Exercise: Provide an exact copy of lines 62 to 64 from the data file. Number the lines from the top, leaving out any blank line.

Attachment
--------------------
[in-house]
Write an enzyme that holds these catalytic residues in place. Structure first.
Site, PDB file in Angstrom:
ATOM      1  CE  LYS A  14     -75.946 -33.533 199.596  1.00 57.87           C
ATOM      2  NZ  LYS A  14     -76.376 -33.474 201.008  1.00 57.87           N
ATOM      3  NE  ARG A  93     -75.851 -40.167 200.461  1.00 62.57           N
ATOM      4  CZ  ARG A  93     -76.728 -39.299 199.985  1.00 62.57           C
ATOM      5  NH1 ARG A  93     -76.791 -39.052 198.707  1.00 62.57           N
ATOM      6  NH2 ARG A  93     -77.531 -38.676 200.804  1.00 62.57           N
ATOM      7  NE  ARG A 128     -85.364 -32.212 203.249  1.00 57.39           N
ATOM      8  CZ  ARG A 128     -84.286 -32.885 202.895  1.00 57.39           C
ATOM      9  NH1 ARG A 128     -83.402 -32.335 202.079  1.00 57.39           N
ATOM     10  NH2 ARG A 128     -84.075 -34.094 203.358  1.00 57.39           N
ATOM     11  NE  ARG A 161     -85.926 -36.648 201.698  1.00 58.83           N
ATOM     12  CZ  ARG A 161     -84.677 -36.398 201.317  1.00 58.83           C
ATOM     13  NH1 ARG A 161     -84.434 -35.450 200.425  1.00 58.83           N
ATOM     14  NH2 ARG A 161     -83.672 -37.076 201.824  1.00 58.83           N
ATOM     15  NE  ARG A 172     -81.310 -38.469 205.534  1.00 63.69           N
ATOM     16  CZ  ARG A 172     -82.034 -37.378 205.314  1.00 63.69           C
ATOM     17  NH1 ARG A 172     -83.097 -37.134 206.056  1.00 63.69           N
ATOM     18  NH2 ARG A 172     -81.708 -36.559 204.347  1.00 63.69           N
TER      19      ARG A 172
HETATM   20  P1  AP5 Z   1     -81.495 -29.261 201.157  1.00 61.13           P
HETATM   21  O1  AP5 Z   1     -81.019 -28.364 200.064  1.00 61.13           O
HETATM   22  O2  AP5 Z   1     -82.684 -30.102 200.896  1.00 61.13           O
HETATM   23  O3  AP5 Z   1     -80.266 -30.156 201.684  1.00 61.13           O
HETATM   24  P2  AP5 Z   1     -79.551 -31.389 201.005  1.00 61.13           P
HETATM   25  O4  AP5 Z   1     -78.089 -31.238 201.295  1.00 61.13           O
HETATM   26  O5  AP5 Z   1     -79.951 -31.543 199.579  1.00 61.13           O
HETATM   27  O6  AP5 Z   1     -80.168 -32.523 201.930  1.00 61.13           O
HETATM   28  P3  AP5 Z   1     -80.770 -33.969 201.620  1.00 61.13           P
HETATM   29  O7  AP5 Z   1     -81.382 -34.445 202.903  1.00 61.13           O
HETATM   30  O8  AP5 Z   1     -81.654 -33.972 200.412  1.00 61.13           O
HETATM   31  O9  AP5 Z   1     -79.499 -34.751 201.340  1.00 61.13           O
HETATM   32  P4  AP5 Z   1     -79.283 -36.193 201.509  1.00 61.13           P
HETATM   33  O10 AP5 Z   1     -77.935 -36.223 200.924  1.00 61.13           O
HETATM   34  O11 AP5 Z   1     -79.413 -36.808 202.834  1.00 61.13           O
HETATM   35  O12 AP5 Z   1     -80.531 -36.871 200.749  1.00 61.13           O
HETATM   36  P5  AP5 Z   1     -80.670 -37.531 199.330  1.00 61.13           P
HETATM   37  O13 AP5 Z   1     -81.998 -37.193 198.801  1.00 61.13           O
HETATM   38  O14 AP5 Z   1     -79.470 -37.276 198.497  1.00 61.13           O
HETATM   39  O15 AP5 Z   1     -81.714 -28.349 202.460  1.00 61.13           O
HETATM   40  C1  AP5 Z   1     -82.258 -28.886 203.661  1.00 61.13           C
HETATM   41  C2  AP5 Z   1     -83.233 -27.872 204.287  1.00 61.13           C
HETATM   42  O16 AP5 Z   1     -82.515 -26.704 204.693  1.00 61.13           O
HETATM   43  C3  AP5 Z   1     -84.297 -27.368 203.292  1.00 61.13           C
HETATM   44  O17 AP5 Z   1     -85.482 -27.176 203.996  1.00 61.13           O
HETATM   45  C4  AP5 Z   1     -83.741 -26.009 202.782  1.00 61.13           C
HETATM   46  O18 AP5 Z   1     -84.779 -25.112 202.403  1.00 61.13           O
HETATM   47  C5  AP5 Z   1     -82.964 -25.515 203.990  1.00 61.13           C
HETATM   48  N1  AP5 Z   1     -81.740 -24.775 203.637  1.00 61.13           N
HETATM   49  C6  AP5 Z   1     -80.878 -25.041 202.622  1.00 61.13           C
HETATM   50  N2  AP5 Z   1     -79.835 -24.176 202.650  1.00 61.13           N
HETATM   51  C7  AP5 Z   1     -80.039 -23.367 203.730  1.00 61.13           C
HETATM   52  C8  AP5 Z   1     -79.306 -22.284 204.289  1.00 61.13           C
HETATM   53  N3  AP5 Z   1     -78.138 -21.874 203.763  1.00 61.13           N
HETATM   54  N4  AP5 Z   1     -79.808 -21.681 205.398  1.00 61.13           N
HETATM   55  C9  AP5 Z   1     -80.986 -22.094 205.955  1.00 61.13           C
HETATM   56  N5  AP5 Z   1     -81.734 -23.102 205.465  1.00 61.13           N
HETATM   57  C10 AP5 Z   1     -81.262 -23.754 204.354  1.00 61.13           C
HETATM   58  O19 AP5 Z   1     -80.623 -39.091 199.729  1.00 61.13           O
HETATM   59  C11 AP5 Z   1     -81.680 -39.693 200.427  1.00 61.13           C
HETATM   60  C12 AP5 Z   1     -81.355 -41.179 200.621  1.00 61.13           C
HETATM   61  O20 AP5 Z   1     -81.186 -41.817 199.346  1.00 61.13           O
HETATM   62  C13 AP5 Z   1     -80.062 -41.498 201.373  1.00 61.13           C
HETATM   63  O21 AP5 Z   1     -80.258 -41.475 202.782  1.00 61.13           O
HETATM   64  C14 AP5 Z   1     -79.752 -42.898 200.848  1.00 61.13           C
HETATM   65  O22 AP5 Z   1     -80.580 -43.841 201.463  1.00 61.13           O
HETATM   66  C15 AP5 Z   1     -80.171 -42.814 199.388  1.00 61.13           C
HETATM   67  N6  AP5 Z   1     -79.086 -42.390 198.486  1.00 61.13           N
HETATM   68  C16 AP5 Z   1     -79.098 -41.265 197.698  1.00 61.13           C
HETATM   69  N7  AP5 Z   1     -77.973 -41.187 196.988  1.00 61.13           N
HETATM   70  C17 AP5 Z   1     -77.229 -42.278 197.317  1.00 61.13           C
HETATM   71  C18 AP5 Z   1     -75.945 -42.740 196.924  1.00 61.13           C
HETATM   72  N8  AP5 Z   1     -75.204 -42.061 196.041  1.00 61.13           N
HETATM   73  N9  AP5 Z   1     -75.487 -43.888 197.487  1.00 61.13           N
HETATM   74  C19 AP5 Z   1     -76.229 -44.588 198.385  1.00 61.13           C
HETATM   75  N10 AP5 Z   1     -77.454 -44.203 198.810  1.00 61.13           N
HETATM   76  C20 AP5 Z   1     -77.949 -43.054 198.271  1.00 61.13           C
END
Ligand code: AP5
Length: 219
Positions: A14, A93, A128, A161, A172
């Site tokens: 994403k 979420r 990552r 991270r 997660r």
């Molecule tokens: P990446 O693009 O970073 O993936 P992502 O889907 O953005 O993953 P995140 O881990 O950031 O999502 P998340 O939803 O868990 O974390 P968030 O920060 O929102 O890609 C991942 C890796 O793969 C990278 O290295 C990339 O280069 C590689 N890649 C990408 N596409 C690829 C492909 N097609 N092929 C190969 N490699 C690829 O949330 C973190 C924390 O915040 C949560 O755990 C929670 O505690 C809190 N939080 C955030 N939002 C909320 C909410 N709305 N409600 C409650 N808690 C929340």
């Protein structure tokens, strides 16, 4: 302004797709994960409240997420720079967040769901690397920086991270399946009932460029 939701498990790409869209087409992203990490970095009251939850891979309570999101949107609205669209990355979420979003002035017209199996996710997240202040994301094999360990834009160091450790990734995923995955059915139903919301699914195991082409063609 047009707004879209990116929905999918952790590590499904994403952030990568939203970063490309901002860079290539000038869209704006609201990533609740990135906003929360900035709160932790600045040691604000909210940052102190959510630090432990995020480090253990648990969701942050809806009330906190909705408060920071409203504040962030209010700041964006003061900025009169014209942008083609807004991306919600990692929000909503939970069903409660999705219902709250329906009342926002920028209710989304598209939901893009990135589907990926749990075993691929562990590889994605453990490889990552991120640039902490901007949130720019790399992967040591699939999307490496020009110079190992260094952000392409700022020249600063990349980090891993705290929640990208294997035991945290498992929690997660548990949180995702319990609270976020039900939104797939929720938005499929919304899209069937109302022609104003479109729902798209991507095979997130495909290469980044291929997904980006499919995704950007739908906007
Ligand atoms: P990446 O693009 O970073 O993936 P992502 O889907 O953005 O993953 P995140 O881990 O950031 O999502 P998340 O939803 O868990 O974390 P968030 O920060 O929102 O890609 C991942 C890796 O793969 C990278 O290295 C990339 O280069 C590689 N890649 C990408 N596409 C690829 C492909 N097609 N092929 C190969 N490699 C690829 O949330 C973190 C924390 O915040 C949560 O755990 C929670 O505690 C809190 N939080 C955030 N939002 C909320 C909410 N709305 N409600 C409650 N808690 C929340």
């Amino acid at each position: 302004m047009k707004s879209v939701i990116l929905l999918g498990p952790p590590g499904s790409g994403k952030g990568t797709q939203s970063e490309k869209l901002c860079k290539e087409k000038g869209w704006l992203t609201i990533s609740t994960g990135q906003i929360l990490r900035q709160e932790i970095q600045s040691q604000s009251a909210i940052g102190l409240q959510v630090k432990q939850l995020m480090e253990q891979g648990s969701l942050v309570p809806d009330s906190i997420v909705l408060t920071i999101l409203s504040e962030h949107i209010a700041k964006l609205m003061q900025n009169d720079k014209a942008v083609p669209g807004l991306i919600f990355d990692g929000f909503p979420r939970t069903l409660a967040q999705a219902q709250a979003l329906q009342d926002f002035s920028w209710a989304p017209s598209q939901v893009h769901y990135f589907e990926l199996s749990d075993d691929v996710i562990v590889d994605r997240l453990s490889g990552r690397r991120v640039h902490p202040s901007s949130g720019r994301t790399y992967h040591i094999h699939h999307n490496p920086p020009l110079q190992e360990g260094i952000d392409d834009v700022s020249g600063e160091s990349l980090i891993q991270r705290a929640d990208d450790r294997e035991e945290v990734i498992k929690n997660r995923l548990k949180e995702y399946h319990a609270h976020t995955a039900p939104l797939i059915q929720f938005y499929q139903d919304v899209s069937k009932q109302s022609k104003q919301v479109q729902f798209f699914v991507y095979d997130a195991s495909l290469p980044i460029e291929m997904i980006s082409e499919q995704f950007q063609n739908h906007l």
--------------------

HETATM   59  C11 AP5 Z   1     -81.680 -39.693 200.427  1.00 61.13           C
HETATM   60  C12 AP5 Z   1     -81.355 -41.179 200.621  1.00 61.13           C
HETATM   61  O20 AP5 Z   1     -81.186 -41.817 199.346  1.00 61.13           O